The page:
Vanessa Pham, meanwhile, cofounded Asian pantry staple brand Omsom with her sister, Kim, a 30 Under 30 alumna, to reclaim the cultural integrity of Asian cuisines that are too often diluted in the grocery aisle. Their sauces span flavors from East Asia to South Asia, including Vietnamese lemongrass barbeque and Korean spicy bulgogi.
Elsewhere on the list reveals a first: two TikTokers made the list this year. Chef Matt Broussard, 28, counts 4.3 million followers and has inked deals with companies from McDonald’s to PepsiCo to the NFL. Nick DiGiovanni, the youngest-ever contestant on Masterchef who finished third during Season 10, is another top food TikTok creator with 3.8 million followers and more than 140 million monthly views.
This year’s featured pick, Dan Leyva, 28, has been overhauling the 20-year-old fast food chain Wings Over, which he owns with three of his college buddies from Cornell’s School of Hotel Administration. In addition to improving the menu by ditching frozen meat and off-brand items like burgers, Leyva has updated online ordering, design and branding. Sales since their 2017 acquisition have grown 20% to over $50 million.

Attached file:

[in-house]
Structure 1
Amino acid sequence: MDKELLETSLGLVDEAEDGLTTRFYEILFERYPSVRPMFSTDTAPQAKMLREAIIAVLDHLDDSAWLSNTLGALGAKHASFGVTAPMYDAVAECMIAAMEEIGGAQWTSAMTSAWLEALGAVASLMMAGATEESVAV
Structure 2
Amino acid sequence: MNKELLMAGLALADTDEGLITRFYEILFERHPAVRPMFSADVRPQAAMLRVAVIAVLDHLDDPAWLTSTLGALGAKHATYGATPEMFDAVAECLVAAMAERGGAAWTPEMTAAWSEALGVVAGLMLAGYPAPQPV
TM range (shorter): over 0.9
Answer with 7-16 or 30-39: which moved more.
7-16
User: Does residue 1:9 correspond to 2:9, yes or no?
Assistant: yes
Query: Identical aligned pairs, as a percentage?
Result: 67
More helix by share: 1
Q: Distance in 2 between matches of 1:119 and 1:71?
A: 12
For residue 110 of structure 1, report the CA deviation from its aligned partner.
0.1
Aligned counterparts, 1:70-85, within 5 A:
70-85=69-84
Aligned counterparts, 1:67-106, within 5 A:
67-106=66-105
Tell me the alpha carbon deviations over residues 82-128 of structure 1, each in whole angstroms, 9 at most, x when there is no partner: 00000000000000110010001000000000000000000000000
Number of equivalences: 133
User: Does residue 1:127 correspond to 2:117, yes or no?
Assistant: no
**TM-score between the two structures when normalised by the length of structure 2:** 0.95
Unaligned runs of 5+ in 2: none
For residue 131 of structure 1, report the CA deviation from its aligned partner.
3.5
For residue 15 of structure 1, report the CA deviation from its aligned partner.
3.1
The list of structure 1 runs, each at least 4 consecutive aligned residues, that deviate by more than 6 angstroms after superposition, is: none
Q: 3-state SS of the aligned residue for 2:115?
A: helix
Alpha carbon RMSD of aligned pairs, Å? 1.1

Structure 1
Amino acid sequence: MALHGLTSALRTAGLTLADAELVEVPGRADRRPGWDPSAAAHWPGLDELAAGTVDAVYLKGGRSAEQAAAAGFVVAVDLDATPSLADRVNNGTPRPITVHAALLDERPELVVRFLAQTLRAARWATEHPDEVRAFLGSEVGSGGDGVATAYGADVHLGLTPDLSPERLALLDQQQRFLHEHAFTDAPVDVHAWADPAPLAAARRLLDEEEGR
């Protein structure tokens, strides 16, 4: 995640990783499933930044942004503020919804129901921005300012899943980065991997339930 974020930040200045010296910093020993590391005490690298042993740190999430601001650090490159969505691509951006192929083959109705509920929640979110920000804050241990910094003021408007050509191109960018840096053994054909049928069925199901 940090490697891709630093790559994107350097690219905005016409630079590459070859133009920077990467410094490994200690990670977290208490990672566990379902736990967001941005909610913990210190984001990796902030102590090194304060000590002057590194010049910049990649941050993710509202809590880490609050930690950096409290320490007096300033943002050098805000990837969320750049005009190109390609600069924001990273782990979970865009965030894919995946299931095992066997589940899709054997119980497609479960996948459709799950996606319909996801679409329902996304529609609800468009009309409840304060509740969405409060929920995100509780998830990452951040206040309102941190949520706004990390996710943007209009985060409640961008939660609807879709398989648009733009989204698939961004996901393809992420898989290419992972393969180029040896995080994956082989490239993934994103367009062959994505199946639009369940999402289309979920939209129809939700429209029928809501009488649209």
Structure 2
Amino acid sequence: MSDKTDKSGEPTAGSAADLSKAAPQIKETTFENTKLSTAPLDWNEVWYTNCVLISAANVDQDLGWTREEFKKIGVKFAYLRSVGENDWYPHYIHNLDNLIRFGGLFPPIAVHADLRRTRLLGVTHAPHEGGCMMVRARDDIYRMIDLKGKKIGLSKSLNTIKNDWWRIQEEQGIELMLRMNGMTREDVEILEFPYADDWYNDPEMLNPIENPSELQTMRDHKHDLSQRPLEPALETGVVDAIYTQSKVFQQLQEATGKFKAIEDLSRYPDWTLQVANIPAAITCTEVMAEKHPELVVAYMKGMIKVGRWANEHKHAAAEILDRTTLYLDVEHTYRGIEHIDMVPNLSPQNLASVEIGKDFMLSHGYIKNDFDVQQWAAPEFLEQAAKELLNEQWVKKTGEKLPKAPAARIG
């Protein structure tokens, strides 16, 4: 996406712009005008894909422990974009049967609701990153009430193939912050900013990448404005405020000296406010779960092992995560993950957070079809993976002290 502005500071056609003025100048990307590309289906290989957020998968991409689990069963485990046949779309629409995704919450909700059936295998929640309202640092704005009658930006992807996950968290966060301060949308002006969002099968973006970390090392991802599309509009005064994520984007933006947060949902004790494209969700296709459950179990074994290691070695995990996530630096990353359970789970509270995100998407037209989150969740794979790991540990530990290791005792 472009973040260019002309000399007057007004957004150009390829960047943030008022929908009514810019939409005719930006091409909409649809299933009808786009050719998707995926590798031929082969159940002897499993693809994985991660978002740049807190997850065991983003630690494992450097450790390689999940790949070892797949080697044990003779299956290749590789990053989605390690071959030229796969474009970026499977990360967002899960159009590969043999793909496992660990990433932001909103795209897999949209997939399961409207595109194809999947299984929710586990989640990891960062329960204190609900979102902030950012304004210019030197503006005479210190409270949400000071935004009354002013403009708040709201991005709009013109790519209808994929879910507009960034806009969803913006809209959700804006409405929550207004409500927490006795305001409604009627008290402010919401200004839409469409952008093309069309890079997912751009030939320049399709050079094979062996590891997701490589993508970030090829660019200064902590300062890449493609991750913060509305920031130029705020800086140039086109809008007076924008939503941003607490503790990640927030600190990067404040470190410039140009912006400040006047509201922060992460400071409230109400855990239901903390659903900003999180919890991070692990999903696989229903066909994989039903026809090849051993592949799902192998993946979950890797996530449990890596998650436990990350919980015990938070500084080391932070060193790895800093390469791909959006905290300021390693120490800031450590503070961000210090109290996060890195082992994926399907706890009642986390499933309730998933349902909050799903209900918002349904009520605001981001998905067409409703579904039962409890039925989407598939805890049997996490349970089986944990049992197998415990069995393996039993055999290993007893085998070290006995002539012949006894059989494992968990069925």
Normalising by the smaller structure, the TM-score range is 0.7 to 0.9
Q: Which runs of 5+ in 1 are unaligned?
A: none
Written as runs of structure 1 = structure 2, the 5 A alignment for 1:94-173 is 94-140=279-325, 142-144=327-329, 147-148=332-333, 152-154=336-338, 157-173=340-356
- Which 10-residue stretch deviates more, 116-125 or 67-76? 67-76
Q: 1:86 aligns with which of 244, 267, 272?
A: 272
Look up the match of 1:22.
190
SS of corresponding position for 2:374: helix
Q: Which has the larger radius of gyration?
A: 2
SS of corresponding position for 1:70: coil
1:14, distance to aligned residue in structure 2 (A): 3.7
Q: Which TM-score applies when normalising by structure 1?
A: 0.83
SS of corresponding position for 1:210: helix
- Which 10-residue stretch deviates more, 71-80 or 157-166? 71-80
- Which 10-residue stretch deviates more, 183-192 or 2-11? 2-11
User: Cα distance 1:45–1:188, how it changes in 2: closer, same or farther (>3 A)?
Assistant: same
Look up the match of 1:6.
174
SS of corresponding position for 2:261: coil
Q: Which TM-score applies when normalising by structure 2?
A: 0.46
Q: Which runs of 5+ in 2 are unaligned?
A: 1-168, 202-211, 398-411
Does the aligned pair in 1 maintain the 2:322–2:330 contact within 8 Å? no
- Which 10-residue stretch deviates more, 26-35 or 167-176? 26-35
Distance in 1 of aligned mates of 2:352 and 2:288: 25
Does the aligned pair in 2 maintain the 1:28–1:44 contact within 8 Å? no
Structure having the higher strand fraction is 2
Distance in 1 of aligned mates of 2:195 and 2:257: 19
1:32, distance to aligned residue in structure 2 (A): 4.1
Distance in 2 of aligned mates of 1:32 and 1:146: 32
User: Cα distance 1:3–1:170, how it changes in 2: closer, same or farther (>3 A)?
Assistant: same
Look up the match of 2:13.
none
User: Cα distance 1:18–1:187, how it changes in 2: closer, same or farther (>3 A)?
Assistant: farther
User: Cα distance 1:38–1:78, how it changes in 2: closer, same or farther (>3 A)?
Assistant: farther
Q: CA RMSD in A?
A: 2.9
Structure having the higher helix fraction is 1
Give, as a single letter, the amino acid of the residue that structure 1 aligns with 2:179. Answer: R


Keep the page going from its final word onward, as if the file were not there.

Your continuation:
Says Leyva, who was the first in his Mexican-immigrant family to graduate high school and college: “I’m very fortunate that my family has lived the American dream.”
Vetting this year’s list was a team effort by yours truly and two Forbes colleagues, careers writer Kristin Stoller and Brianne Garrett, reporter and editorial lead for For(bes) The Culture.
Our judges this year: Under 30 list alumna Molly Yeh, blogger and host of the Food Network’s Girl Meets Farm; Marcus Samuelsson, chef; Randall Lane, chief content officer, Forbes; Lee Brian Schrager, founder, South Beach Wine & Food Festival.
For a link to our complete Food & Drink list, click here and for full 30 Under 30 coverage, click here.
Published at Tue, 01 Dec 2020 11:00:00 +0000